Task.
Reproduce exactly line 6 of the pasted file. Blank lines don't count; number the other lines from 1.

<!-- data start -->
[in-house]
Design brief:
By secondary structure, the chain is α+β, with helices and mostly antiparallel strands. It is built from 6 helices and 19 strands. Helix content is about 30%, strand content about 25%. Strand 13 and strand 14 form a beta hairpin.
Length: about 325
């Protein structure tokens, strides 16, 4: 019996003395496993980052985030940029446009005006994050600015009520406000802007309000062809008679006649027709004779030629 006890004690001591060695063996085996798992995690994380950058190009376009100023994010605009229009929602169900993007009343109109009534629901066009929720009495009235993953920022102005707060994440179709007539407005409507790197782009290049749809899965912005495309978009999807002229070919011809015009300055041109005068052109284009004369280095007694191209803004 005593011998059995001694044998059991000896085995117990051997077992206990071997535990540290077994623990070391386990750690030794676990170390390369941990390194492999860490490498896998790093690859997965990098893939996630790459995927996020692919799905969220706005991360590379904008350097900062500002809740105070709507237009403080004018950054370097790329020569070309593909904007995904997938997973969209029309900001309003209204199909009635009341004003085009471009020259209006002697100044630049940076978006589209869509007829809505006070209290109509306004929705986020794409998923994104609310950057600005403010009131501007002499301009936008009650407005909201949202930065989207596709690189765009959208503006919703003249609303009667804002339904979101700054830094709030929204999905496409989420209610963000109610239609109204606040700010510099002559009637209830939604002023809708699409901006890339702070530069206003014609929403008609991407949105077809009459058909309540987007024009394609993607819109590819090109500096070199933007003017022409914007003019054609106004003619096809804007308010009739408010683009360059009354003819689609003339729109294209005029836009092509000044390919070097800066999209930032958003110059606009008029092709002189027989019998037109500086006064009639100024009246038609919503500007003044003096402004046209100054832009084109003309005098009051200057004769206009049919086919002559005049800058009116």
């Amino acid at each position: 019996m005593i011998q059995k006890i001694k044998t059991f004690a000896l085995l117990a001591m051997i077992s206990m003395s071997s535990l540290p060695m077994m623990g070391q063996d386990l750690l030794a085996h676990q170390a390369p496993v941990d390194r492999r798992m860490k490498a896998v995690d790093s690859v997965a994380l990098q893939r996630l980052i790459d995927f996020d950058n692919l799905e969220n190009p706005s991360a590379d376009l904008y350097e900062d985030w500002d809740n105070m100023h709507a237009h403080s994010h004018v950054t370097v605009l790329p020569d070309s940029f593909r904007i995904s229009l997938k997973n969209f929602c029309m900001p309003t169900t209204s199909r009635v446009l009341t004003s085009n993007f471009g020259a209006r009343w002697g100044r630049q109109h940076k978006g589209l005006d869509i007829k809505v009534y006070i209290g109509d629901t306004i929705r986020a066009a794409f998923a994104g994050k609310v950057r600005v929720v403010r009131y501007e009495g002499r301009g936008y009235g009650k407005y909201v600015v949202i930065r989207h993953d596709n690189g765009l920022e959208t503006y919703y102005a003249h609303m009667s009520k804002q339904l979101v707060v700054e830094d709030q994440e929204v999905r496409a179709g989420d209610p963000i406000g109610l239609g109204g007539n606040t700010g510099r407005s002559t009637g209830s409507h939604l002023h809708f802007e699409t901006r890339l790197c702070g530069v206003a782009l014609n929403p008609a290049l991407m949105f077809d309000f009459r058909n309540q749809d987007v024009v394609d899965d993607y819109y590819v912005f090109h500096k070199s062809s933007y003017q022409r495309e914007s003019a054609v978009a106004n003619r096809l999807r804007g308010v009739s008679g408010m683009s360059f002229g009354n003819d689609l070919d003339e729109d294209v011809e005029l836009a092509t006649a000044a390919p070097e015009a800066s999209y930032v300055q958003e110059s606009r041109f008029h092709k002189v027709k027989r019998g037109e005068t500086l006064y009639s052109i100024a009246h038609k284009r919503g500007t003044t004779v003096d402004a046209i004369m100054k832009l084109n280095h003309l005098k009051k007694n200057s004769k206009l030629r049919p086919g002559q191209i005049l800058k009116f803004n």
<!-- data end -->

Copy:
């Amino acid at each position: 019996m005593i011998q059995k006890i001694k044998t059991f004690a000896l085995l117990a001591m051997i077992s206990m003395s071997s535990l540290p060695m077994m623990g070391q063996d386990l750690l030794a085996h676990q170390a390369p496993v941990d390194r492999r798992m860490k490498a896998v995690d790093s690859v997965a994380l990098q893939r996630l980052i790459d995927f996020d950058n692919l799905e969220n190009p706005s991360a590379d376009l904008y350097e900062d985030w500002d809740n105070m100023h709507a237009h403080s994010h004018v950054t370097v605009l790329p020569d070309s940029f593909r904007i995904s229009l997938k997973n969209f929602c029309m900001p309003t169900t209204s199909r009635v446009l009341t004003s085009n993007f471009g020259a209006r009343w002697g100044r630049q109109h940076k978006g589209l005006d869509i007829k809505v009534y006070i209290g109509d629901t306004i929705r986020a066009a794409f998923a994104g994050k609310v950057r600005v929720v403010r009131y501007e009495g002499r301009g936008y009235g009650k407005y909201v600015v949202i930065r989207h993953d596709n690189g765009l920022e959208t503006y919703y102005a003249h609303m009667s009520k804002q339904l979101v707060v700054e830094d709030q994440e929204v999905r496409a179709g989420d209610p963000i406000g109610l239609g109204g007539n606040t700010g510099r407005s002559t009637g209830s409507h939604l002023h809708f802007e699409t901006r890339l790197c702070g530069v206003a782009l014609n929403p008609a290049l991407m949105f077809d309000f009459r058909n309540q749809d987007v024009v394609d899965d993607y819109y590819v912005f090109h500096k070199s062809s933007y003017q022409r495309e914007s003019a054609v978009a106004n003619r096809l999807r804007g308010v009739s008679g408010m683009s360059f002229g009354n003819d689609l070919d003339e729109d294209v011809e005029l836009a092509t006649a000044a390919p070097e015009a800066s999209y930032v300055q958003e110059s606009r041109f008029h092709k002189v027709k027989r019998g037109e005068t500086l006064y009639s052109i100024a009246h038609k284009r919503g500007t003044t004779v003096d402004a046209i004369m100054k832009l084109n280095h003309l005098k009051k007694n200057s004769k206009l030629r049919p086919g002559q191209i005049l800058k009116f803004n």